By Donu Kogbara
Dear Readers, I am totally bored with Nigerian issues!
Sure, there have been some interesting and radical new developments in recent years – such as the emergence of the first-ever Niger Deltan President, his appointment of the first-ever female Minister of Petroleum and the fact that millions of ordinary Nigerians can access the internet and own mobile phones.
But the bottom line is still the same as it was a decade ago. Nothing works properly. Selfish, incompetent, greedy, corrupt government officials still get away with messing us up and still hypocritically trot off to churches and mosques every week, while continuing to be unrepentant amoralists.
And we’re still struggling with environmental disasters, serious poverty in every region, lousy roads/hospitals/schools, power outages, shortages of decent housing, high levels of crime and violence, unpunished sexual harassment of vulnerable women by men who can make or break them. And so on.
Even the once-sensational Boko Haram phenomenon has become pedestrian, given that the authorities have not been able to prevent so-called Islamic warriors from inflicting death and destruction on a daily basis. Outrages that occur with alarming regularity gradually become norms and cease to shock.
The list of our unresolved traumas is endless. And for me as a journalist who comments on current affairs for a living, it is becoming increasingly difficult to keep churning out columns – week in, week out – about the same old, same old, never-fundamentally-changing status quo.
This page is titled “Sweet And Sour”. But sourness dominates with a dreary predictability because there’s hardly anything sweet to focus on; and I frequently feel like dozing off before I’ve completed the first paragraph!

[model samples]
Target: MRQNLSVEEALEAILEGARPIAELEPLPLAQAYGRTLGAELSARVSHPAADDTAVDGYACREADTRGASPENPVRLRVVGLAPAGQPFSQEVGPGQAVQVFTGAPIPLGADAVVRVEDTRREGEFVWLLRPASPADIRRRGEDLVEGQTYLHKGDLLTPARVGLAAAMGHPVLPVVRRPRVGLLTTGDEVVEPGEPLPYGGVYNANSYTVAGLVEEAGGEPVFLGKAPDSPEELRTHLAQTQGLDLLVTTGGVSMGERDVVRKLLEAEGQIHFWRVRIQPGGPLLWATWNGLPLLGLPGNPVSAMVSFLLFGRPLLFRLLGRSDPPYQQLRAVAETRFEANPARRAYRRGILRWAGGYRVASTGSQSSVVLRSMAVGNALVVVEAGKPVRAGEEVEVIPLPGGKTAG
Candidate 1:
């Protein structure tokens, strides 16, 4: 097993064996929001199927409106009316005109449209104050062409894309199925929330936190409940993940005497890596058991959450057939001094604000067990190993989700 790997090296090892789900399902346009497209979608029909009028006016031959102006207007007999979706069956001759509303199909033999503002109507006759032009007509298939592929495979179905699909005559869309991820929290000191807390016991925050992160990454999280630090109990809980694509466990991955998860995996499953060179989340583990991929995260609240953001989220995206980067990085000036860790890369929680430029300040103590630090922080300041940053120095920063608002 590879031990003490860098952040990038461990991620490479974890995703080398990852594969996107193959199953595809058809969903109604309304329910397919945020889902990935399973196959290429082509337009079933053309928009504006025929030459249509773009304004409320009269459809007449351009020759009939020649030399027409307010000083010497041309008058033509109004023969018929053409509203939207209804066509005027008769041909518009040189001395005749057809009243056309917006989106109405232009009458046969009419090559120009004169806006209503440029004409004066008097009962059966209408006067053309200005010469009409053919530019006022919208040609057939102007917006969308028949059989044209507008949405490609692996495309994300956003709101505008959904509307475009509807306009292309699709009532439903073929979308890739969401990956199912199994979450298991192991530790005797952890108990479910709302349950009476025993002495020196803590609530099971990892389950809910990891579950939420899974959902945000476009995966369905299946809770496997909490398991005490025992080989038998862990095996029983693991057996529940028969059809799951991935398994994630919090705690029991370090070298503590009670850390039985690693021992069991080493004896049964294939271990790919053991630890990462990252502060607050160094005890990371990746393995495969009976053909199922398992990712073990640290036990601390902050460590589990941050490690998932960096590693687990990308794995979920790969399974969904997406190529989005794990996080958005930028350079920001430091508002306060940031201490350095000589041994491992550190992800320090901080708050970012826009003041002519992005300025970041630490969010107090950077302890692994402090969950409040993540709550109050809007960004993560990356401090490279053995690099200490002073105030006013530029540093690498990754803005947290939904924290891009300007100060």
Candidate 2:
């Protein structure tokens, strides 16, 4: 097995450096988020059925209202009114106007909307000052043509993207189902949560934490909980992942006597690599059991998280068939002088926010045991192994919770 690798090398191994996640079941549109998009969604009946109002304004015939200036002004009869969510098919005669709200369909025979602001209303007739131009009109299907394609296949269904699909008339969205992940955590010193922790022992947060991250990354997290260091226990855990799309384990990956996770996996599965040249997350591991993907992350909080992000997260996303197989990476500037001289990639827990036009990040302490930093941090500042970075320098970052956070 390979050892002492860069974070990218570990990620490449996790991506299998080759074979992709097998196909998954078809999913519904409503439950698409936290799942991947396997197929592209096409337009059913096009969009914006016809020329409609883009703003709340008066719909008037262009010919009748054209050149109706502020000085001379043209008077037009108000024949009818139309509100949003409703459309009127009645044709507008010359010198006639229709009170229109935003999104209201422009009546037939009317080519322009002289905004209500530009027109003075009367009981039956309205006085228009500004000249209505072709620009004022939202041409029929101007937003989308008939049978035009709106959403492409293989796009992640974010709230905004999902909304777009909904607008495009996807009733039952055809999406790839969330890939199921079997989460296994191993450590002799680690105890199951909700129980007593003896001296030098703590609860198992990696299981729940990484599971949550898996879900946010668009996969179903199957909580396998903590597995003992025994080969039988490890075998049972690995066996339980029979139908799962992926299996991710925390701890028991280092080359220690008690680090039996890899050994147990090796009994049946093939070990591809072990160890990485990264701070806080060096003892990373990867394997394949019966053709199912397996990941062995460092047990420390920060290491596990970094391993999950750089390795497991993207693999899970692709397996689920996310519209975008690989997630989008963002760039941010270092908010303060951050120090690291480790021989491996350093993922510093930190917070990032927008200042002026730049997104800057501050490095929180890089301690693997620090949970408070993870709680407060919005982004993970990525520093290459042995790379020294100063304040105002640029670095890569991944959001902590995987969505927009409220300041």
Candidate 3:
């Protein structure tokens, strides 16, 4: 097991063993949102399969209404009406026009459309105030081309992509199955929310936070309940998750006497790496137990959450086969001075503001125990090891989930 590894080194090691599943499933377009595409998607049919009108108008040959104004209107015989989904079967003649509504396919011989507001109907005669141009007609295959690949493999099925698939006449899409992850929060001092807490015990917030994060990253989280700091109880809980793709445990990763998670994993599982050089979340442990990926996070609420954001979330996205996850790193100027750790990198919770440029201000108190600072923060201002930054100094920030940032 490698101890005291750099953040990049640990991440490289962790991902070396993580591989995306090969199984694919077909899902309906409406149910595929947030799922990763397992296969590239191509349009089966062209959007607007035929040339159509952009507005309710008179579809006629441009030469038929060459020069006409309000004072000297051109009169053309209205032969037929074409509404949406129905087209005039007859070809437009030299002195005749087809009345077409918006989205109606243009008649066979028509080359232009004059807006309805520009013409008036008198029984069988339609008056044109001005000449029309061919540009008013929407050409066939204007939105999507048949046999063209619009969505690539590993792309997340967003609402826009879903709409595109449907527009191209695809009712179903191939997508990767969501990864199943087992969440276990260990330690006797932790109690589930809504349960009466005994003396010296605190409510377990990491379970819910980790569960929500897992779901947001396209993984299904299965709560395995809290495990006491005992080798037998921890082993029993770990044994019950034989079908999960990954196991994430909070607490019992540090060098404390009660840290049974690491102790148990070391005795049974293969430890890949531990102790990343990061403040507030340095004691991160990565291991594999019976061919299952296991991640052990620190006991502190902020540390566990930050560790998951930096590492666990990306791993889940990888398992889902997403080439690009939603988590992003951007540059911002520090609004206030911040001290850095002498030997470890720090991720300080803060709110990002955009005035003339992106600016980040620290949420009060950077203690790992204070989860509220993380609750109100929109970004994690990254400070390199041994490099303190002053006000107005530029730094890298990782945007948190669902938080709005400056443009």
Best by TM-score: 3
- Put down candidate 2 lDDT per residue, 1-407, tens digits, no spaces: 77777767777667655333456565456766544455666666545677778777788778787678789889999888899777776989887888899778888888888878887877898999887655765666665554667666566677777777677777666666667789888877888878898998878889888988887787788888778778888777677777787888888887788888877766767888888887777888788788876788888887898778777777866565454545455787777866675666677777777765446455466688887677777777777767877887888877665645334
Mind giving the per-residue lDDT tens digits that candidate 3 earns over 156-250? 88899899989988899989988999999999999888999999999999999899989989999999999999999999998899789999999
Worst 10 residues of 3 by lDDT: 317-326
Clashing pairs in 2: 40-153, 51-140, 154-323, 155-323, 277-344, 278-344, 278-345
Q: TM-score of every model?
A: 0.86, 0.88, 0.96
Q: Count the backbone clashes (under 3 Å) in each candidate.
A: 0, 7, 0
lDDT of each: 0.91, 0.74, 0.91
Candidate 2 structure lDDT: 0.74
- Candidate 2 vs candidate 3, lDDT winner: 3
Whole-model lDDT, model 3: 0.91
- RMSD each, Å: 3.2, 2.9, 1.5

When I told a friend that I am suffering from a bad case of ennui and am sick to the back teeth of dwelling on Naija headaches in social gatherings and newspaper articles, he said it was my duty to rise above my disillusionment and continue to bang on interminably about our woes because, according to him:
“This nation will never move forward if sincere professional commentators and thinkers like you lose the will to highlight the problems that are paralyzing us.”
I’m flattered that my friend thinks that journalists can play a useful role. But I really don’t see what value one adds by constantly repeating oneself to the point where one starts to sound like a soporific echo! When one has already analysed and complained about Boko Haram 20 times, what more can one contribute?
How often can one berate and beg politicians – most of whom arrogantly refuse to act on constructive criticisms – to get off their backsides and do their jobs well? What is the point of constantly talking at brick walls?
I often feel as if I am writing this column on auto-pilot because I write it without engaging my brain much. I can almost compose “Sweet And Sour” with my eyes shut nowadays ‘cos I’ve said it all before and have nothing new to say.
The thing that depresses me most is the fact that the average Nigerian is so bovinely philosophical in the face of avoidable adversity and so slavishly willing to put up with nonsense that the nightmares that are routinely dumped on the general public from On High are not likely to end any time soon. And I wholeheartedly agree with whoever said that we get the leadership we deserve.
The PHCN cable that serves the area around my family home in Port Harcourt was stolen a fortnight ago. And those who have generators have been spending a fortune on diesel, while those who can’t afford generators are sweating it out.
I hear that this is not a rare occurrence and that the authorities are so unconcerned when cables mysteriously disappear that they don’t bother to investigate…and that it is widely believed that they don’t bother to investigate because they know that the cables were stolen by their own officials…and that residents of affected neighbourhoods usually have to take matters into their own hands by putting money together to buy replacements.
Why is this country so warped?
I spend a lot of time in United Kingdom and I’ve never heard of an electricity cable being stolen in the United Kingdom. And I can assure you that if it ever happens, the authorities will react speedily and sympathetically…and not only immediately summon the police to aggressively search for the culprit but quickly provide funds for a new cable, to protect their constituents from inconvenience.
One crucial difference between politicians there and politicians here is that the former cannot get away with rigging elections and have to earn votes.
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